See a supporter and opponent go head to head on whether the Minnesota Constitution should require voters to show photo identification at the polling place.
Watch archived video of the two sides of the Minnesota voter ID ballot question clash for 90 minutes in an Oct. 4, 2012 debate sponsored by Debate Minnesota, brought to you by The UpTake. Debating for proponents of the proposed amendment: Dan McGrath, executive director at Minnesota Majority. Representing opponents: Doran Schrantz, executive director of ISAIAH, on behalf of Our Vote Our Future. The moderater was St. Paul Pioneer Press reporter Bill Salisbury. The debate was held at Founders Hall, Metropolitan State University, 700 E. Seventh St., St. Paul. The ballot question is: "Shall the Minnesota Constitution be amended to require all voters to present valid photo identification to vote and to require the state to provide free …
Sunday, September 9, 2012
SW Minneapolis' elderly at risk.
According to a report in the Star-Tribune, over 215,000 Minnesotans, or nearly percent of the state's voters, could lose the right to vote if a proposed constitutional amendment known as Voter ID passes in November. The measure would force any registered voter to show a government-issued photo ID at their polling station every time they wanted to vote. On its face, it seems like a non-issue. However, many Minnesotans, the paper writes, live "off the ID grid," born in rural areas in the days when it was hard to get a birth certificate. Citing figures from the Minnesota Secretary of State's office, the paper estimates that as many as 84,000 voters fall into this predicament, and many are elderly. Their age, infirmities, and limited incomes…
Sunday, September 2, 2012
Controversial proposed constitutional amendment goes on the ballot in November.
Monday, August 27, 2012
On Monday, the justices voted 4-2 in favor of the Republican-controlled Legislature on the wording of the voter ID and same-sex marriage amendments.
On Nov. 6, the ballot titles and questions for the voter ID and same-sex marriage amendments will appear as the Republican-controlled Legislature wrote them, according to the Star Tribune. The Minnesota Supreme Court on Monday affirmed the wording legislators chose, instead of those submitted by Secretary of State Mark Ritchie. On the ballot, the title above the voter ID amendment will be, "Photo Identification Required for Voting." Ritchie changed it to "Changes to In-Person & Absentee Voting & Voter Registration; Provisional Ballots," but Chief Justice Lorie Skjerven Gildea and justices G. Barry Anderson, Christopher Dietzen and David Stras rejected his change. The title above the same-sex marriage amendment will say, "Recognition of …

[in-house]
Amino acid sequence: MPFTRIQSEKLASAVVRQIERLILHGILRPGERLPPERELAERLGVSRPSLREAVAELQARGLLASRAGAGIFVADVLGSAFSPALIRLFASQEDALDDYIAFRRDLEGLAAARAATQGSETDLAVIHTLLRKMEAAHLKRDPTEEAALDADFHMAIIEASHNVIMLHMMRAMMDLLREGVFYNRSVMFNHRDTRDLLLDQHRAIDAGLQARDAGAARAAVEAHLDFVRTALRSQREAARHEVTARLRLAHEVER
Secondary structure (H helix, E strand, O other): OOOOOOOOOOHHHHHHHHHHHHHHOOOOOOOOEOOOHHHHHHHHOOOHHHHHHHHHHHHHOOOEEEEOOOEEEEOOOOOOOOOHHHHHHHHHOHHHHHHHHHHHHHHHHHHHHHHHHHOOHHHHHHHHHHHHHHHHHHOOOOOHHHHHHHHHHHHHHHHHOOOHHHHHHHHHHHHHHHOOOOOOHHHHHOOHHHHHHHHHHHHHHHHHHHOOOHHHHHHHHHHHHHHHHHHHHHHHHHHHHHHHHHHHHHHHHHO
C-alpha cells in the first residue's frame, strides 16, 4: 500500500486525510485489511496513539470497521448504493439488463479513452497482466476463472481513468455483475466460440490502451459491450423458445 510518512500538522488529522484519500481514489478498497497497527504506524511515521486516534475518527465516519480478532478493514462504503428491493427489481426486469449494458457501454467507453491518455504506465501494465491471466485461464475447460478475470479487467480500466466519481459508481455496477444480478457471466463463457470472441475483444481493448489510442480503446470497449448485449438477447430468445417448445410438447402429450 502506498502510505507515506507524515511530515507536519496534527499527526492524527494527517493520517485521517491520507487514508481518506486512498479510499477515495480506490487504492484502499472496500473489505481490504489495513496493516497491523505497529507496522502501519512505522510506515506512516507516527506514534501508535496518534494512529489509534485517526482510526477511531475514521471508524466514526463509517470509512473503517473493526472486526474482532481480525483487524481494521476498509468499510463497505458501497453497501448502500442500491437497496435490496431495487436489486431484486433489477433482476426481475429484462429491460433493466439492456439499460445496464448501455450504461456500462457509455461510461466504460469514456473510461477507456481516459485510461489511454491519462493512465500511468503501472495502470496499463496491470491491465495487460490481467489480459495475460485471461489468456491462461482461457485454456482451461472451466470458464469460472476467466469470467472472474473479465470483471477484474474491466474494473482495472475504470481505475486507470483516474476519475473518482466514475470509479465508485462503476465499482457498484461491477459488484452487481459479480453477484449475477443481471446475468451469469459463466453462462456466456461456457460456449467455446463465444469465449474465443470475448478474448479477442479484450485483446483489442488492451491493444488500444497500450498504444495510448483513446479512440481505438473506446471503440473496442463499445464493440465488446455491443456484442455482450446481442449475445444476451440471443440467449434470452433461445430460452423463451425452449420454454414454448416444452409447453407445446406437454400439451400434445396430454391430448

Friday, July 20, 2012
Petitioners ask Minnesota Supreme Court to favor Legislature's original title over secretary of state's revision.
Supporters of a photo ID requirement for Minnesota voters asked the state Supreme Court Thursday to put the Legislature's original choice of words on the ballot as the title of the amendment. Many of Southwest Minneapolis' elected officials are opposed to the amendment. Minnesota Majority, ProtectMyVote.com and a group of legislators filed a petition and brief with the Supreme Court Thursday afternoon, requesting that the justices throw out Secretary of State Mark Ritchie's rewrite of the amendment title as it will appear on ballots this fall. The two versions of the amendment title have only one word in common ("Voting"): The move comes two days after the high court held a hearing on opponents' request that they take the proposed …